In the sixth inning and with runners on first and second in a four-run game, Phil Hughes could have shown the inconsistencies that have left some frustrated with his brief career as a starting pitcher.

Instead, Hughes went to his curveball and struck out both Jason Kipnis and Carlos Santana to preserve the lead in last night’s 6-4 win over the Indians.

Hughes (8-6) allowed six hits in eight scoreless innings while facing 29 hitters. He threw his curveball 22 times for 17 strikes and threw 111 pitches overall, the seventh time in his career he has gone over 110 pitches.

Hughes started the third at-bat against Kipnis by getting ahead 0-2 on the fastball. After Kipnis fouled off a high fastball, Hughes threw an inside knee-level curve that broke at the last second.


The at-bat to Santana would be slightly more difficult. Santana fouled off three fastballs and evened the count on another, but Hughes threw a similar curve to the one he threw Kipnis and got the same result.

“I’d say so,” Hughes said when asked if those were his two biggest outs. “I was able to get Kipnis with a good breaking ball and Santana. It was a big spot right there with guys on base. Those are the moments where you know you’re going to have to work hard during an outing.

“With nobody on, I wouldn’t say I’m on cruise control but the pressure isn’t building as much. But when you get a couple of guys on base that’s where you know you have to bear down and make some good pitches. Fortunately I was able to locate them.”

It marked the second time that Hughes threw at least eight shutout innings. He also did so May 25, 2009 in Texas.

But perhaps more important for the present version of Hughes was this bounce-back start made him 7-2 with a 3.48 ERA since May 6, a streak that has lowered his ERA from 7.48 to 3.48.

“The fastball was outstanding,” catcher Chris Stewart said. “He located it inside to them and they weren’t able to catch up. He threw his curveball when he needed to put them away and you can’t ask for anything better than that.”

“I’m really impressed,” manager Joe Girardi said. “And you can look at the eighth where he gets the runner on second with nobody out too. All three innings and it ends up the runs might have meant something when you look at the game now. So it’s really impressive what he did.”

The proper timing and placement of his curveball were not the only things assisting Hughes with his fifth win in six decisions.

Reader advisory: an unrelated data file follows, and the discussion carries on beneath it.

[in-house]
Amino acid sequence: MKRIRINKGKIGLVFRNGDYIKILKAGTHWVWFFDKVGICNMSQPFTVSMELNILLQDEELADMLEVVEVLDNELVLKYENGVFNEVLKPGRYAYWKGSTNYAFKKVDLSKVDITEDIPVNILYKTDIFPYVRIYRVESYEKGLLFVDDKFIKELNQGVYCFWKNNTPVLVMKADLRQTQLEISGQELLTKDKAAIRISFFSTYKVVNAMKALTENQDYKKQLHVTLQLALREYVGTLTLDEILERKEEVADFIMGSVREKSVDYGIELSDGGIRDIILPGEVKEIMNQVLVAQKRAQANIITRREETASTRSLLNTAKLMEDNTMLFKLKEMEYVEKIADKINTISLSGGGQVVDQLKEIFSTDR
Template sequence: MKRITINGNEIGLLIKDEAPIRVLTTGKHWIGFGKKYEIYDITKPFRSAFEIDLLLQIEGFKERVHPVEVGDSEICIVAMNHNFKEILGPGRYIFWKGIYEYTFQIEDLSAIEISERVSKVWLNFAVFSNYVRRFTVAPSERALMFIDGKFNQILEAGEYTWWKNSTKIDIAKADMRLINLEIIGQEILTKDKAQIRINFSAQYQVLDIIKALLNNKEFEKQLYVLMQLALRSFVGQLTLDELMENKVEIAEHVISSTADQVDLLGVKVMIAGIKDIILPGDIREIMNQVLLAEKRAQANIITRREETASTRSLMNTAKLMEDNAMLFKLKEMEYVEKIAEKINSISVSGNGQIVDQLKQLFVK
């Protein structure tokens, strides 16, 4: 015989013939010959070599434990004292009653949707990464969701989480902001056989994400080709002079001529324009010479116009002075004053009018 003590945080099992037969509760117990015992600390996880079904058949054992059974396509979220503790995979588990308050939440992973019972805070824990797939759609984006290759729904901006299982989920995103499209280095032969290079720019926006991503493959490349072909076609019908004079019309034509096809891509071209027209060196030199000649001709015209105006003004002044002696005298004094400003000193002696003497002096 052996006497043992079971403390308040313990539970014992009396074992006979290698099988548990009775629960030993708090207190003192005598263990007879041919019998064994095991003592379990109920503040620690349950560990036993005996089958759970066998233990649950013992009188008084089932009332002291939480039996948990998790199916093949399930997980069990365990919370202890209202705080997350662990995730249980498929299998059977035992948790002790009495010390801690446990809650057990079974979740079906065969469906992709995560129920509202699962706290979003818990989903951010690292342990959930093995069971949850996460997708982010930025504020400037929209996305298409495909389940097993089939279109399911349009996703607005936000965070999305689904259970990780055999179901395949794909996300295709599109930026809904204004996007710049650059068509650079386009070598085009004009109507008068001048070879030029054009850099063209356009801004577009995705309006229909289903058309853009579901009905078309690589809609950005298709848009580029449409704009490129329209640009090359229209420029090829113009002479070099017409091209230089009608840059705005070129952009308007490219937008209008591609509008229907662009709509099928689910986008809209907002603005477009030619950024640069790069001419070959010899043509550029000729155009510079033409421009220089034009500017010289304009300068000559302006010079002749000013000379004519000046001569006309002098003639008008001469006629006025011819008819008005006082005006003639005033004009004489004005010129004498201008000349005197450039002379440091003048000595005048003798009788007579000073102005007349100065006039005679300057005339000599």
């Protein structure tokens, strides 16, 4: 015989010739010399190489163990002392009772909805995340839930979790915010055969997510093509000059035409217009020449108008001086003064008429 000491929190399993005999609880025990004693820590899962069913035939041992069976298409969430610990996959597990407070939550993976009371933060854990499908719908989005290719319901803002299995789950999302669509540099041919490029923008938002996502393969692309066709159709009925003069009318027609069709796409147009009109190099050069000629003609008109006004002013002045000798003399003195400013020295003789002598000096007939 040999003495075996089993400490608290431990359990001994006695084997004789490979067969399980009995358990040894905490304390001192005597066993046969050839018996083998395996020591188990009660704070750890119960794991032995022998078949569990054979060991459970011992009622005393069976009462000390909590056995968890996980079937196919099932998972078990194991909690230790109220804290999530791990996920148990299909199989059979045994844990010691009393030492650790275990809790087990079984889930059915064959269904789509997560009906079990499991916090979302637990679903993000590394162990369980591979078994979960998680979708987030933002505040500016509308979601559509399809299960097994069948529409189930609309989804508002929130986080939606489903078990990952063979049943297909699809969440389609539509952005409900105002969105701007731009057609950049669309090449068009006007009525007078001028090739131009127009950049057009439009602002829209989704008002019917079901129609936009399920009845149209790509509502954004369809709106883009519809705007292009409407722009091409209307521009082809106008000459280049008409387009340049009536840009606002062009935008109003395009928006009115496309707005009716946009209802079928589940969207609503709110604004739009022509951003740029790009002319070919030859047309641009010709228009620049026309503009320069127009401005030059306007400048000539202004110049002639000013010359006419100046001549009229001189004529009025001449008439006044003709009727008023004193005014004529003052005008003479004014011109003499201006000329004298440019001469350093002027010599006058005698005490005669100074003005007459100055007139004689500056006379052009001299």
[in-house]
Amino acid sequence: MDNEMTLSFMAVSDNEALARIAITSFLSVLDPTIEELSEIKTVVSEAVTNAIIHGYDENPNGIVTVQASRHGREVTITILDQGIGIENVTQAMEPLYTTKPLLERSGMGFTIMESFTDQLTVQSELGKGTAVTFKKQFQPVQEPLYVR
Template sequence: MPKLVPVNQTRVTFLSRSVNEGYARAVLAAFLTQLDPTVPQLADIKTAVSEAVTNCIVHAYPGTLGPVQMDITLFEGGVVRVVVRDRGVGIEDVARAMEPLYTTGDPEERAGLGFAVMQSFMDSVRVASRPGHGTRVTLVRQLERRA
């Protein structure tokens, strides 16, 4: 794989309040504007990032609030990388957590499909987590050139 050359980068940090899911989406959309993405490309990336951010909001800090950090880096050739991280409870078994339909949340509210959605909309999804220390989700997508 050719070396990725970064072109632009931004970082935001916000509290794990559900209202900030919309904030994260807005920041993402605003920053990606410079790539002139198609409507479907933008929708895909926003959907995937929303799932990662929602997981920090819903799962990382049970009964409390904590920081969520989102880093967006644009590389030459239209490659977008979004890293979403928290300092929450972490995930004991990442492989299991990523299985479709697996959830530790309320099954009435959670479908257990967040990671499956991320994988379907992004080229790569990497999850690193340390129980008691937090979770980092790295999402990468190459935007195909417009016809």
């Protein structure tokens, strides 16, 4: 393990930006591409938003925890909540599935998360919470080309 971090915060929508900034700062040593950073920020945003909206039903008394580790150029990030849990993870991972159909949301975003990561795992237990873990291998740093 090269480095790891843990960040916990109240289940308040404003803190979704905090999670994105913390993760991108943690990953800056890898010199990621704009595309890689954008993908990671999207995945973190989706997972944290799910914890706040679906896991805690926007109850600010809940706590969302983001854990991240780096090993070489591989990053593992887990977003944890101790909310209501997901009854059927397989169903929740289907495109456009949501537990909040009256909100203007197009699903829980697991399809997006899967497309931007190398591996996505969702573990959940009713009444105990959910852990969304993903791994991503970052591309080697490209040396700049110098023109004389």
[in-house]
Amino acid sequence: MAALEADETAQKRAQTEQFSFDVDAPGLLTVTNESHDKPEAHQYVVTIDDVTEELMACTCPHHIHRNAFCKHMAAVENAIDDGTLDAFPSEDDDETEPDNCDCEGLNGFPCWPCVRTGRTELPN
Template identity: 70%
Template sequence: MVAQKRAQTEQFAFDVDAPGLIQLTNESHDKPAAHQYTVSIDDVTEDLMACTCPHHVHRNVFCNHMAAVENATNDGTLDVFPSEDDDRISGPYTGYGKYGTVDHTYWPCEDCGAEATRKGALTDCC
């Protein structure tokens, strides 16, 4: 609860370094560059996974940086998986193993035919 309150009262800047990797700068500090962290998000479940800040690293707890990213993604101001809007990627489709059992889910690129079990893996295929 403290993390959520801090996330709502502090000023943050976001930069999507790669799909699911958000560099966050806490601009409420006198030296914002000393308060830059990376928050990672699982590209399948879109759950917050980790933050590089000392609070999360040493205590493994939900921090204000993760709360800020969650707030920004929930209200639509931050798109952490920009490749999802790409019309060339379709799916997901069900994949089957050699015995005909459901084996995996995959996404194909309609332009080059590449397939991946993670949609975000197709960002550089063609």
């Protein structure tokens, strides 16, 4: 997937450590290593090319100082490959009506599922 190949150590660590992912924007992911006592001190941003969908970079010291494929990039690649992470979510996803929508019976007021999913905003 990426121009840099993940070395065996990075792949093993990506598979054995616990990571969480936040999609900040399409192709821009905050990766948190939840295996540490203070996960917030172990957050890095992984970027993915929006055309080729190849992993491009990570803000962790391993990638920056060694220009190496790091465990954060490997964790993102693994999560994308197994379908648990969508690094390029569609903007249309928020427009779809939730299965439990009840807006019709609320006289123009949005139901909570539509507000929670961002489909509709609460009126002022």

Hughes had tremendous help from his corner outfielders and even caught a break for the final out of the seventh on a blown call by third base umpire Mike DiMuro.

DiMuro ruled that left fielder Dewayne Wise caught a foul pop up by Jack Hannahan when he dove and tumbled into the first row of seats. Replays showed that Wise did not seem to maintain possession through the play. Indians third baseman Jack Hannahan was ejected by DiMuro after arguing.

“You see that all the time,” Wise said. “A guy misses a play like that; they always ask to see the ball. I just heard him say out right away and I decided to run off the field.

“It’s a rough angle for the umpire,” Girardi said. “The umpire signaled him out. I never even saw the replay, but I guess he didn’t catch it and it happens. I don’t know. What are you going to do?”

DiMuro fielded questions from a pool reporter and admitted that he made a mistake on the play.

“I went out on the ball and saw the ball into his glove in the stands,” DiMuro said. “He disappeared into the stands and I believed that the ball was in his glove.

“Now that I see the tape, it’s obvious that the ball fell out of his glove. In hindsight, I should have asked him to show me the ball since he fell into the stands and out of my line of vision.”

Hannahan did not hold back when discussing the play.

“You know, I can live with the fact that he didn’t see Dewayne drop the ball and I can live with the fact that there was a fan two feet away from him … jumping up and down excited he got a foul ball,” Hannahan said. “You know, I can live with that. But to not ask Dewayne to see the ball is absolutely inexcusable.”

Besides that, Nick Swisher tracked down six fly balls. Among them was a slight leap to catch Kipnis’s fly ball for the final out of the first and a diving catch on Asdrubal Cabrera’s ball for the final out of the third after the Yankees scored three in the second.

The Yankees scored three runs off Justin Masterson on an RBI base hit by Chris Stewart and a two-run single by Curtis Granderson.

Of course they did hit another home run, but that was in the seventh when Alex Rodriguez reached the second deck in left field. It was his 642nd career home run and the Yankees’ 116th of the year.

The three additional runs the Yankees scored after the second proved necessary after Cory Wade gave up a three-run home run to Jose Lopez in the ninth. Rafael Soriano finished up in just two pitches.

Follow Yankees beat writer Larry Fleisher on Twitter

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